It seems that everywhere i look, be it on twitter, google+ or my regular reading list of blogs, Openflow comes up alot.
What is Openflow?
Openflow is an initiative to create a protocol and an API infrastructure to improve overall functionality of your network.
I think thats the best way i can put it. I strongly suggest you take a look at Ivan’s posts about Openflow here and here.
How will it improve your network?
Openflow works by having a centralized controller(s) that is in contact with your network routers and switches. Since the controller(s) will have information from every device, it is able to make decisions on how to get your data from point A to point B through the best possible path.
The controller will make this happen by programming the data plane in your devices. Either directly or indirectly (i am not sure which yet).
What are the requirements?
Openflow is a vendor independent effort. That means that a general consensus will need to happen in order to make the protocol work correctly on multiple vendor platforms. Believe it or not, this actually appears to be happening.
Some modification on almost all platforms will need to take place. Hardware ASICS will need to be modified to support the Openflow specification for a flow. Software will need to be written to implement the protocol. All of this takes time and money.
My stance on Openflow
Openflow is a specification that, if implemented correctly, has the potential of disrupting the way we design networks. Imagine that you have some centralized controllers (servers with software) and some “dumb” piece of hardware. All you really need in this perfect world is some physical ports to connect to. The controllers will do the rest (i know this is very simplified).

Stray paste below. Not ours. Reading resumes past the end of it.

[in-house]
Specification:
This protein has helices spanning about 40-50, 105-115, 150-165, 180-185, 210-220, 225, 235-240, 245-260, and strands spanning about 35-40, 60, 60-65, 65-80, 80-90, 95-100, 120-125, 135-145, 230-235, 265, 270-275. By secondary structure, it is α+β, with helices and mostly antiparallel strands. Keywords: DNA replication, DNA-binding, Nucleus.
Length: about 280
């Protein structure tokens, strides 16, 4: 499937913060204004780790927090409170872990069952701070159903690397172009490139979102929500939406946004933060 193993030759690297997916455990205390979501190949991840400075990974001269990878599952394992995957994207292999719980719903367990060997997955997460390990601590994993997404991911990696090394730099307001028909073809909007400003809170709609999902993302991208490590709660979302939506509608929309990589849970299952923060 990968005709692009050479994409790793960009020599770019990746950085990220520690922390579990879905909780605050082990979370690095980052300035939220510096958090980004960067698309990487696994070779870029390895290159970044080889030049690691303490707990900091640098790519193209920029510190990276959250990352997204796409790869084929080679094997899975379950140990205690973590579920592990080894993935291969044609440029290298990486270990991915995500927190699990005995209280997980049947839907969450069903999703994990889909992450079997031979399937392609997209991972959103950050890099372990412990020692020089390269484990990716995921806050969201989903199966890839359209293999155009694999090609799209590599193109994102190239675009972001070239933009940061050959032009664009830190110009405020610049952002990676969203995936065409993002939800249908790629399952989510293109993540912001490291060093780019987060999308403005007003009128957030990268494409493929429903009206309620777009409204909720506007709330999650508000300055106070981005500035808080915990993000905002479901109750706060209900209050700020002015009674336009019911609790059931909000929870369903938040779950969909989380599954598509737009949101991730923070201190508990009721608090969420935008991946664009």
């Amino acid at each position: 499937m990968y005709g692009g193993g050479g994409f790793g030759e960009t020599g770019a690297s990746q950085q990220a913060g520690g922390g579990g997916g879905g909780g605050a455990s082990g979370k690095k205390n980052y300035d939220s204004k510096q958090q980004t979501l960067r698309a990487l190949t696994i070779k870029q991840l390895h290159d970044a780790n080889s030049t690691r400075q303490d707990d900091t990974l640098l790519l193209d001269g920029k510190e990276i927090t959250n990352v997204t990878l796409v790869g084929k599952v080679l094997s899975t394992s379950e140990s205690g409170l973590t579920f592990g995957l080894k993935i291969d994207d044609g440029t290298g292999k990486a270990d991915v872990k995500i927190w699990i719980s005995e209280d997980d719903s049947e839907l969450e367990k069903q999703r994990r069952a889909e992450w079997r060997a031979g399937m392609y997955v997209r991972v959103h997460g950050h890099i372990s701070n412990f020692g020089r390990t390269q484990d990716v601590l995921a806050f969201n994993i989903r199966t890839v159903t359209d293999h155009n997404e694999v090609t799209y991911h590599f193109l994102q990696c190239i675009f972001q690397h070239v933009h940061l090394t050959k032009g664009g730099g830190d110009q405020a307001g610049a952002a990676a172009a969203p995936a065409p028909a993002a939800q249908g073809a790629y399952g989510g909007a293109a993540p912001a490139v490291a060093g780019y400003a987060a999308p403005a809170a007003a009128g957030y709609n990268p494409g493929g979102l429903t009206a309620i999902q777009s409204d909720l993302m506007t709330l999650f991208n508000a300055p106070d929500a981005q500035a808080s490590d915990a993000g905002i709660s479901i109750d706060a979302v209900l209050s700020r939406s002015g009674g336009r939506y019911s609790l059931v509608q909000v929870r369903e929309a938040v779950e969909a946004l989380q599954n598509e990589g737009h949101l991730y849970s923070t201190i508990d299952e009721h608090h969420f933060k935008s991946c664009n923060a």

This means your can buy “ports” from any vendor that supports Openflow and use your existing controllers to manage them. The competition between network vendors will then be in the controller space and what sort of application and services they can offer.
In the real world however, I feel that Openflow will take a lot of commitment from multiple vendors which dont play well together. I understand that some vendors are very keen on going Openflow, as it will create a totally new playing field for them to enter. Big vendors like Juniper and Cisco will be more reluctant to join the party, since they have a very large investment in current network designs. Trill and Qfabric have already been presented as the Next-Generation-Network for these companies.
Publicly, both Juniper and Cisco support the Openflow initiative. They kind of have to, in order to be considered to “playing nice” with the industry.
So currently, im hopeful, but skeptical. Only time will tell.
To get a better understanding of Openflow, you should visit two different sites, each one in the opposite site of the opinion scale. Greg at Etherealmind is very possitive about Openflow while Ivan is more skeptical.
Go check out what they have to say: